Sundance Review: Whiplash
Monday night I got to see one of the last screenings of the festival: The Best of Fest presentation of Whiplash. This film about an aspiring drummer competing for recognition at one of the finest musical conservatories (and his verbally abusive teacher who pushes him to the limit) has been one of most talked about films of the festival and when it won two of the biggest awards (namely the U.S. Dramatic Grand Jury Award and the Audience Award,) I was naturally aching to see it. Boy have I never heard a title so appropriate to a film. This movie will jerk you around and make you feel it long afterward. It's hard to explain all the feelings I have about this film, but it's important to make something clear right away: this film is unbelievably and emotionally intense; it is not for the faint of heart.
Many times when I find myself reviewing a movie I speak about the film as a whole and don't get into the specifics of what the content of the film actually contains. Truth be told, I never know who my audience is and what their sensibilities are, so I usually let them do their own research about that. In this case, while I can separate specifically amazing things this particular film offers and speak for its merit as a whole, I also can't ignore things that might make some feel uncomfortable. That being? Some absolutely atrocious language. That may sound silly to some, but it wasn't just the words but the venom and intensity with which they were spoken. I definitely felt their intended effect and it wasn't a good feeling. I do understand the purpose of it. Clearly what they were going for was achieved and the screenplay will no doubt be embraced and adored...but let's just say this is not an easy, breezy film to watch.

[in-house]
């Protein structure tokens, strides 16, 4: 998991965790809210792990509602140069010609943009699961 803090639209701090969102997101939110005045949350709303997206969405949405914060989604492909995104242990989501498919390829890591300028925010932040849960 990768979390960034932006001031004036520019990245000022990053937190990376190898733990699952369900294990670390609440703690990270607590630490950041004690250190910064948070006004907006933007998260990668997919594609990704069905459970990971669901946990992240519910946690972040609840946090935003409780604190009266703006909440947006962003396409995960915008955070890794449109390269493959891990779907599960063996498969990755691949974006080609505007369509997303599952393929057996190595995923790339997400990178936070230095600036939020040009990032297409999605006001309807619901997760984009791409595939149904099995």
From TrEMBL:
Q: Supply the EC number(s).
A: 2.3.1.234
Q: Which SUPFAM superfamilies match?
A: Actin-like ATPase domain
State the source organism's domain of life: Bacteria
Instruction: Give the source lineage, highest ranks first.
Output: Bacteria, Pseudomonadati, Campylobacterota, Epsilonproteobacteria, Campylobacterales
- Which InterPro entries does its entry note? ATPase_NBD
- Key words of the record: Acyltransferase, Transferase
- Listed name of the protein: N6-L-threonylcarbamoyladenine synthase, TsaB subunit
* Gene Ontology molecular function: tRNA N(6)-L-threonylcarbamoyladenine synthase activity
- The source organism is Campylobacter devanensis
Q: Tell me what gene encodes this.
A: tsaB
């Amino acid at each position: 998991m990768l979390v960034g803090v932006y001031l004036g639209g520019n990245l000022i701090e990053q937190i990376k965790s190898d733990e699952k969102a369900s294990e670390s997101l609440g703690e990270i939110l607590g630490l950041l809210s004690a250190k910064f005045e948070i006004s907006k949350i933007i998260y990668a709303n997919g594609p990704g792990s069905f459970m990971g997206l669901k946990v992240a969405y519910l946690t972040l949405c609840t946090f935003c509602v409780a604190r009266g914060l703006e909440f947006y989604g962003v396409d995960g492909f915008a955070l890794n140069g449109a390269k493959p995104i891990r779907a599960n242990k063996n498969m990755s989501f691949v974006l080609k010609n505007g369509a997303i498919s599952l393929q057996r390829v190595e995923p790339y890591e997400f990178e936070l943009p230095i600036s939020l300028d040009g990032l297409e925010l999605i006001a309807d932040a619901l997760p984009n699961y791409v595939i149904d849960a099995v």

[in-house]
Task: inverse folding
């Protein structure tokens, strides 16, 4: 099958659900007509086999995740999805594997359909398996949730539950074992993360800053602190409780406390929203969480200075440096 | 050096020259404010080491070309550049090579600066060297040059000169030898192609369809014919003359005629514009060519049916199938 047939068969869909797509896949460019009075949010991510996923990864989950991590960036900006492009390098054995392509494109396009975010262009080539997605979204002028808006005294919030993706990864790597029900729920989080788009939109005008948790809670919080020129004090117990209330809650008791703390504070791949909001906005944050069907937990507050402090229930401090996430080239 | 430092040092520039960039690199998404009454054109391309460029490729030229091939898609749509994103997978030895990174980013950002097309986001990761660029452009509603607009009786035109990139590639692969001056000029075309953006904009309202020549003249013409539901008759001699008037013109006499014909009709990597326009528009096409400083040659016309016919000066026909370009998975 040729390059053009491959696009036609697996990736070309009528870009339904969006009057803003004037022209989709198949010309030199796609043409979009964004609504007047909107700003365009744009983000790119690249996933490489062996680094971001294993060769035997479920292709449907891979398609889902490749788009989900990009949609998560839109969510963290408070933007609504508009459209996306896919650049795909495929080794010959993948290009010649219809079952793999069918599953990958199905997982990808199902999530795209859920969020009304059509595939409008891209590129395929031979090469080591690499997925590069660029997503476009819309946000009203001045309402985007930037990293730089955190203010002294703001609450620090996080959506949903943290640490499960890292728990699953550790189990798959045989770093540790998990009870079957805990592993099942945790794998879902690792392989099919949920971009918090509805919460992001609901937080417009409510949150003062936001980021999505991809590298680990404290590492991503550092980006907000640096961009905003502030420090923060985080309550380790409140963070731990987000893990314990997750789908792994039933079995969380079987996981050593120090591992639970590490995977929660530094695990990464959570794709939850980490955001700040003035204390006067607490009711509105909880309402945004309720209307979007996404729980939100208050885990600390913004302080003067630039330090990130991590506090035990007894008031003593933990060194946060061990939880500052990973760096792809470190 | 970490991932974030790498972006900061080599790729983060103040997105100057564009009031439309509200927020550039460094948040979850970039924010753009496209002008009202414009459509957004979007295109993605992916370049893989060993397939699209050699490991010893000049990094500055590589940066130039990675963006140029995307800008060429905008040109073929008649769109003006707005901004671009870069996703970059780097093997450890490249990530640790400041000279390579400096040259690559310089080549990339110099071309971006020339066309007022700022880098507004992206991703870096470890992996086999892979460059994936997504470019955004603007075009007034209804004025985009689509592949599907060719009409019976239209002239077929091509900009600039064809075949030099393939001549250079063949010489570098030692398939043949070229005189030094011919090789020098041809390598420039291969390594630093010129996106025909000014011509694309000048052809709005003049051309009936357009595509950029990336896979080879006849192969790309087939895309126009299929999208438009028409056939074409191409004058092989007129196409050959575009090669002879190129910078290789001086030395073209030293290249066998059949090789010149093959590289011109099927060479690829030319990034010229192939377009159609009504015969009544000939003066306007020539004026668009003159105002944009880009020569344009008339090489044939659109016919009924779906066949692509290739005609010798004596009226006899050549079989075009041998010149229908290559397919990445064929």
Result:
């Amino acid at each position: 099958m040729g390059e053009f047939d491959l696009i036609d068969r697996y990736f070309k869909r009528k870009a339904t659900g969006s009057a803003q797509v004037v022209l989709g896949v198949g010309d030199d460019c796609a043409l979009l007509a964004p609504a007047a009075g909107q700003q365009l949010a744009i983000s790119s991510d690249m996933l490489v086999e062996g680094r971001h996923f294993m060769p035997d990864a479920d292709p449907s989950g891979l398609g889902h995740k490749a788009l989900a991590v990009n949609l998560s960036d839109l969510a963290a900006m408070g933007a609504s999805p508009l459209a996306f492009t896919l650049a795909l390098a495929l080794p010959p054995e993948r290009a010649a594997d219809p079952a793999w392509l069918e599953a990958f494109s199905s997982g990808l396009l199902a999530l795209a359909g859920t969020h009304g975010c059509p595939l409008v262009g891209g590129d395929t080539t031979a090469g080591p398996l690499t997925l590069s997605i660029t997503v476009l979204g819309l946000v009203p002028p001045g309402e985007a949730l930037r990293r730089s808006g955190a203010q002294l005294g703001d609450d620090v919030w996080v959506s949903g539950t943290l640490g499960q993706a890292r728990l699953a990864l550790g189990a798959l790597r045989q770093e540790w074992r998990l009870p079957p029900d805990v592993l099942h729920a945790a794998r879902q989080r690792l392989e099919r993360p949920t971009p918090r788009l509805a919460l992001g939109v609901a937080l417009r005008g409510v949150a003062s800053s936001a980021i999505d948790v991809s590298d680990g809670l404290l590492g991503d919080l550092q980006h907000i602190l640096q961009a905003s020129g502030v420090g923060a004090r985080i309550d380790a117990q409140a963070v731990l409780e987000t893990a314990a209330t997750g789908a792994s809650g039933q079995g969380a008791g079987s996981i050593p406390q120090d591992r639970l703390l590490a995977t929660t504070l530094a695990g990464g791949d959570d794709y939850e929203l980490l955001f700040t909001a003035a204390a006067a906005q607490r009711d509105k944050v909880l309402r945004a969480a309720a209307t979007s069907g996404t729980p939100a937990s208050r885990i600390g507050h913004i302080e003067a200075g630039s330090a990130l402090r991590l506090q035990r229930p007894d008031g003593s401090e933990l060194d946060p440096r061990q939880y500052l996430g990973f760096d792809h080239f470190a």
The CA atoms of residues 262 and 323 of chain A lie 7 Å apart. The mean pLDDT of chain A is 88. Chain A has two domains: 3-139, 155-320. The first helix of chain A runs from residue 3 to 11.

Though the harshness of the dialogue affected some feelings towards the film, there were many redeeming factors that are undeniable. After all, I never said this movie wasn't a great film. It most definitely is...and perhaps is even arguably a masterpiece. It has quite a lot going for it. The performances, direction, cinematography, editing, its compelling story, and music were all nothing short of miraculous. Both JK Simmons and Miles Teller give just as much to their roles as their characters do to their music. And it's kind of amazing to see the two go head to head with each other.
Whiplash was certainly one of the most gripping, mesmerizing, and intense films I've seen in some time. Its climactic sequence is one of the most tense I've seen in a long time, and this is a film about music, not a horror or action piece! The character studies that take place in this film are absolutely fascinating. Whiplash is essential viewing and an incredible debut from Damien Chazelle.